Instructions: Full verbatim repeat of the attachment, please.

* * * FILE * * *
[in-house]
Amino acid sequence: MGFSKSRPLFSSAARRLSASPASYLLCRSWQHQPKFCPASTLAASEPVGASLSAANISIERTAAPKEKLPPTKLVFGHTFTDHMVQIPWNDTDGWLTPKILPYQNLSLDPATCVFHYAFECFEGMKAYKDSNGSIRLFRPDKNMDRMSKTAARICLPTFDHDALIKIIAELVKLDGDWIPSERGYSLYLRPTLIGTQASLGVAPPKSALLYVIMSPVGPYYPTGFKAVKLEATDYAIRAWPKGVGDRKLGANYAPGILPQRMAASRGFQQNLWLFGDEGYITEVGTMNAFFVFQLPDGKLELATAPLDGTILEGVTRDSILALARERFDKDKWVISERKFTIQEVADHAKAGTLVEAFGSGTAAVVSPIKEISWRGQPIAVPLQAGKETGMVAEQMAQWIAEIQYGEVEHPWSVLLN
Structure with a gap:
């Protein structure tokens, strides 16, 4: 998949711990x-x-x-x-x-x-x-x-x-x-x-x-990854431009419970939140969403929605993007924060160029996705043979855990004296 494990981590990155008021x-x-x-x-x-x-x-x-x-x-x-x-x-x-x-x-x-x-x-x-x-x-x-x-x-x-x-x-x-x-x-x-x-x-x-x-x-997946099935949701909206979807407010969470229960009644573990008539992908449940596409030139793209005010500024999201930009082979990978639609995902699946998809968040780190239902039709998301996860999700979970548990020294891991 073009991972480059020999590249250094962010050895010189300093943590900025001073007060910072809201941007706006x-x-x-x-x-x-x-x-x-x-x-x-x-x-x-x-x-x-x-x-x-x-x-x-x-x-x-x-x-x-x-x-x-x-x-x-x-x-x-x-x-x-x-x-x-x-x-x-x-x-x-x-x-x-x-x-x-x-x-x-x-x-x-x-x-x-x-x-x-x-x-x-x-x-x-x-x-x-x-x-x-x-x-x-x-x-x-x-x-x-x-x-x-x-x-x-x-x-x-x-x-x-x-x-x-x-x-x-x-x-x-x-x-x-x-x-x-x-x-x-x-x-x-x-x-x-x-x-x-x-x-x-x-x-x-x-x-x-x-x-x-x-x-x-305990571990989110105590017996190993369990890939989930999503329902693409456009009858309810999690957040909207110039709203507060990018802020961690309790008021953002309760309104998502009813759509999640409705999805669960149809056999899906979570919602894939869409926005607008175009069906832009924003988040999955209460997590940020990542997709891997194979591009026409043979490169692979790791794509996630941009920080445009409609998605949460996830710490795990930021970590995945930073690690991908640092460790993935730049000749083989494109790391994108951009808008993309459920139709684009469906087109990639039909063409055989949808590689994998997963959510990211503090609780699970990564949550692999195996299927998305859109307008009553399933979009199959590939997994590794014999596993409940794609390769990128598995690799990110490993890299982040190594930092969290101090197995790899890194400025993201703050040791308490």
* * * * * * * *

[in-house]
Amino acid sequence: MGFSKSRPLFSSAARRLSASPASYLLCRSWQHQPKFCPASTLAASEPVGASLSAANISIERTAAPKEKLPPTKLVFGHTFTDHMVQIPWNDTDGWLTPKILPYQNLSLDPATCVFHYAFECFEGMKAYKDSNGSIRLFRPDKNMDRMSKTAARICLPTFDHDALIKIIAELVKLDGDWIPSERGYSLYLRPTLIGTQASLGVAPPKSALLYVIMSPVGPYYPTGFKAVKLEATDYAIRAWPKGVGDRKLGANYAPGILPQRMAASRGFQQNLWLFGDEGYITEVGTMNAFFVFQLPDGKLELATAPLDGTILEGVTRDSILALARERFDKDKWVISERKFTIQEVADHAKAGTLVEAFGSGTAAVVSPIKEISWRGQPIAVPLQAGKETGMVAEQMAQWIAEIQYGEVEHPWSVLLN
Structure with a gap:
């Protein structure tokens, strides 16, 4: 998949711990x-x-x-x-x-x-x-x-x-x-x-x-990854431009419970939140969403929605993007924060160029996705043979855990004296 494990981590990155008021x-x-x-x-x-x-x-x-x-x-x-x-x-x-x-x-x-x-x-x-x-x-x-x-x-x-x-x-x-x-x-x-x-x-x-x-x-997946099935949701909206979807407010969470229960009644573990008539992908449940596409030139793209005010500024999201930009082979990978639609995902699946998809968040780190239902039709998301996860999700979970548990020294891991 073009991972480059020999590249250094962010050895010189300093943590900025001073007060910072809201941007706006x-x-x-x-x-x-x-x-x-x-x-x-x-x-x-x-x-x-x-x-x-x-x-x-x-x-x-x-x-x-x-x-x-x-x-x-x-x-x-x-x-x-x-x-x-x-x-x-x-x-x-x-x-x-x-x-x-x-x-x-x-x-x-x-x-x-x-x-x-x-x-x-x-x-x-x-x-x-x-x-x-x-x-x-x-x-x-x-x-x-x-x-x-x-x-x-x-x-x-x-x-x-x-x-x-x-x-x-x-x-x-x-x-x-x-x-x-x-x-x-x-x-x-x-x-x-x-x-x-x-x-x-x-x-x-x-x-x-x-x-x-x-x-x-305990571990989110105590017996190993369990890939989930999503329902693409456009009858309810999690957040909207110039709203507060990018802020961690309790008021953002309760309104998502009813759509999640409705999805669960149809056999899906979570919602894939869409926005607008175009069906832009924003988040999955209460997590940020990542997709891997194979591009026409043979490169692979790791794509996630941009920080445009409609998605949460996830710490795990930021970590995945930073690690991908640092460790993935730049000749083989494109790391994108951009808008993309459920139709684009469906087109990639039909063409055989949808590689994998997963959510990211503090609780699970990564949550692999195996299927998305859109307008009553399933979009199959590939997994590794014999596993409940794609390769990128598995690799990110490993890299982040190594930092969290101090197995790899890194400025993201703050040791308490």